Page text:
Pipeline worries, political risk, and the Great Game in the Caspian Sea
The Caspian Sea appeared lately as one of the best investment place for oil. This interior sea is the centre of a big international competition for the development of offshore resources and control of way for new resources.
Indeed, this sea has oil resources equal to North Sea resources and gas resources roughly equal to10% of the global gas resources! Until 1991, USSR and Iran owned the main part of these resources. Since the Soviet Union disappeared, Azerbaijan, Kazakhstan and Turkmenistan want a part of the cake but the exploitation of the energy resources has a double issue: the sharing between countries which implicate a new state of the Caspian Sea and the transport of oil from a very enclosed area whichcost a lot of money. Although these oil resources are not the biggest they could be an answer to the growth of global needs in energy for the next decade.
I. Sea or lake? a juridical issue
The position evolution of neighboring countries about Caspian Sea sharing during the last decade show the relative importance of it states. Although, till now, no agreements have been done between the fivecountries –Russia, Iran, Azerbaijan, Kazakhstan and Turkmenistan-, its exploitation is already quite advanced. However, oil companies must give a state to the sea. The definition of a clear juridical state of the Caspian is better for developing offshore resources and for deciding of the route of oil and gas: boat or pipeline. Moreover some deposits of oil are situated on contested area like Alovdemanded by Azerbaijan, Iran and Turkmenistan or Chirag and Kiapaz, demanded by Azerbaijan and Turkmenistan. Until 1991 the juridical basis was the 1921 treaty which divided equally the Caspian Sea between Iran and USSR. When the USSR blew up and three new countries appeared everything had to be done again. Is the Caspian Sea a lake or a sea?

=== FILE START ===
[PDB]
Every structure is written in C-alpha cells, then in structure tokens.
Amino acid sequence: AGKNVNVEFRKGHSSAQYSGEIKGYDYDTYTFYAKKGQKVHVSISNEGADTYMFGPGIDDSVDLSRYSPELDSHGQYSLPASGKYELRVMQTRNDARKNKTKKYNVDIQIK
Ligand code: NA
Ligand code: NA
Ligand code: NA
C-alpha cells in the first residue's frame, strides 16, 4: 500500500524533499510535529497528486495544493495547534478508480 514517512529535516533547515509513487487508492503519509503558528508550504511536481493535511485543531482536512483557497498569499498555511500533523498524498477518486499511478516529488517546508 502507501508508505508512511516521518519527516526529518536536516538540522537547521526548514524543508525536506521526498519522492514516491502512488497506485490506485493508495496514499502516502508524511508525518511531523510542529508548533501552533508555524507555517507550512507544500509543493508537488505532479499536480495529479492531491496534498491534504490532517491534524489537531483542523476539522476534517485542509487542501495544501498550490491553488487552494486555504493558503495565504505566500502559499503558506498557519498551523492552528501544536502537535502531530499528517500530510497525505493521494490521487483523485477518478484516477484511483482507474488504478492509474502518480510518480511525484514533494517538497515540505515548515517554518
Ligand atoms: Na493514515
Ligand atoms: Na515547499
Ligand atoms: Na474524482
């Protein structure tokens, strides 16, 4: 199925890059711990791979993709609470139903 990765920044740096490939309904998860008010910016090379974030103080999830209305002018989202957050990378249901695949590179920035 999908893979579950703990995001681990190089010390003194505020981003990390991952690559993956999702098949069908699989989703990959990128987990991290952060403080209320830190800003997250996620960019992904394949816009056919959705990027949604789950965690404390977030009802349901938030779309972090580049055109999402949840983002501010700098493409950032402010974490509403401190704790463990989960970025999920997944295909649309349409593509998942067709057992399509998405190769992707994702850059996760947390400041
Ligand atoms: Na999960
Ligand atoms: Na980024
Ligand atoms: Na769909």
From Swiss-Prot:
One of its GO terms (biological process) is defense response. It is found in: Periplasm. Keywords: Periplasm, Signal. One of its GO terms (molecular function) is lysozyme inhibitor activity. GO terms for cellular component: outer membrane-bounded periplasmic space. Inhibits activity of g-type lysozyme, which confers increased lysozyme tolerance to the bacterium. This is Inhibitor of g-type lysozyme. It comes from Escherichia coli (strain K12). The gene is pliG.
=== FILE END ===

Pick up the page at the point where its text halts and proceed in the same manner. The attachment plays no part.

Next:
The juridical state of the Caspian Sea is a big issue.Indeed, if it is a lake all the neighbor countries must agree on the way of exploitation but if it is a lake each of them get an area that it can choose to exploit the way it wants. Besides, if it is a lake, the offshore resources are divided in five equal parts, but if it is a sea, territorial water are no more than 12 miles. Since 1991, the five countries try to get the judgment which is thebest for their own interest at the moment which changes with the discovery of new deposits.
1. The Russian position
Russia has been acting for the lake position for quite a bit, considering that “the Caspian Sea, which is not naturally linked to the world ocean, is a closed sea. Consequently, international sea rules (made for open one) do not apply to this one, exclusive economical areas are notrelevant.”(File from the general assembly of UN, 1994). Moscow was using treaties from before 1991 to defend the principle of a common exploitation of The Caspian Sea. It referred to one of the fundamental Almaty declaration of December 1991 by which: “countries guaranty the international promises of USSR” to use the state inherited from the treaty between USSR and IRAN until a new agreement issigned by the five countries or that cooperation was implemented. Consequently, Russia proposed the creation of an agreement dividing the resources in five equal parts with a common exploitation.
This proposal was followed by Iran which has with Azerbaijan a smaller coast border (Iran1146 km; Azerbaijan 825 km; Kazakhstan 2 320 km; Russia 1 460 km, Turkmenistan 1200 km). Besides, oil resources ofIran seem to be the smaller. However, both of these countries accepted a territorial water of 45 mile when it is normally 12 miles when it is a Sea.
2. Azerbaijan and Kazakhstan
Azerbaijan and Kazakhstan were completely against this proposal. They defended the thesis that closed sea or open sea should have the same rules so, this one should be ruled by UN convention of 1982. They claimed a...
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